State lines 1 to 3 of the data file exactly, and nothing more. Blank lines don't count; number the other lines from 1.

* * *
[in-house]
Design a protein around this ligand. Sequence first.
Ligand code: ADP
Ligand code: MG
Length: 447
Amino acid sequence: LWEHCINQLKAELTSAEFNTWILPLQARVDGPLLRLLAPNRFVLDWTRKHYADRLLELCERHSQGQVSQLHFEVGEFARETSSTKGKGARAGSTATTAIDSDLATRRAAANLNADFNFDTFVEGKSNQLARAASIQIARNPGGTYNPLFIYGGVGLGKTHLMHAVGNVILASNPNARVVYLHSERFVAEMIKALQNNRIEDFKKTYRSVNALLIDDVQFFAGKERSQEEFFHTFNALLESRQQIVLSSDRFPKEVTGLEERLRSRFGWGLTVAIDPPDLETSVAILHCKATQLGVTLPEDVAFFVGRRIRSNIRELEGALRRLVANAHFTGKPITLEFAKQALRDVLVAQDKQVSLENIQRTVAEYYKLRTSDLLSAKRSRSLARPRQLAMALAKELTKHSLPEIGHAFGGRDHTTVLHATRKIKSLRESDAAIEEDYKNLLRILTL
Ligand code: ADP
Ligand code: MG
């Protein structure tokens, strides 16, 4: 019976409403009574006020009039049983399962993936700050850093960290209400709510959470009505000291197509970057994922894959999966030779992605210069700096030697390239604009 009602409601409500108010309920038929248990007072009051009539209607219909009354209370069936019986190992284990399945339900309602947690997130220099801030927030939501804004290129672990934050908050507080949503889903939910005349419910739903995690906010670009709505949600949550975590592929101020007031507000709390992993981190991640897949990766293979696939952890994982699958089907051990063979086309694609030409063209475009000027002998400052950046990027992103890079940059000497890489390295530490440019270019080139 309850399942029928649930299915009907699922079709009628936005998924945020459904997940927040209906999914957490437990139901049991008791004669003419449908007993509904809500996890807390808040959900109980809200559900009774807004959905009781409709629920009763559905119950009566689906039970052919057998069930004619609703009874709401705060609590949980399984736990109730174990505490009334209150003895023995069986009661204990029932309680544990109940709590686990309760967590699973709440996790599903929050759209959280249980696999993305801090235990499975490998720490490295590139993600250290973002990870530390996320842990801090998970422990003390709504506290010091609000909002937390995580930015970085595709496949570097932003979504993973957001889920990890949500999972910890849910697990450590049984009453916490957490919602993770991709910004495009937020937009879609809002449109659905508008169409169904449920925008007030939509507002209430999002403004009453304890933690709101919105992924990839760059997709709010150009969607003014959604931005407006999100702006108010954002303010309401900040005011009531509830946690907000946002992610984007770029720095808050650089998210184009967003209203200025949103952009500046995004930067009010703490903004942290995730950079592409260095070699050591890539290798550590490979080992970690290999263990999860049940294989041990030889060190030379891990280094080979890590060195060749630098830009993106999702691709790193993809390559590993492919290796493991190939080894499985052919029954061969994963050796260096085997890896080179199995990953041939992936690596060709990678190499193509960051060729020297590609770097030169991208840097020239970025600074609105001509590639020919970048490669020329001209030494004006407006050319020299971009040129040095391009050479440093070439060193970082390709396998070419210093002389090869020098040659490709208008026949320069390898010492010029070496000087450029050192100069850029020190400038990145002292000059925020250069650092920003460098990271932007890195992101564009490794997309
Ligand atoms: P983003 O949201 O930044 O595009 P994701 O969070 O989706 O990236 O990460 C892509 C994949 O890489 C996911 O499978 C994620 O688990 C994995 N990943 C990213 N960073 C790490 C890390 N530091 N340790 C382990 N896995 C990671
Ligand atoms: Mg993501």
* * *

[in-house]
Design a protein around this ligand. Sequence first.
Ligand code: ADP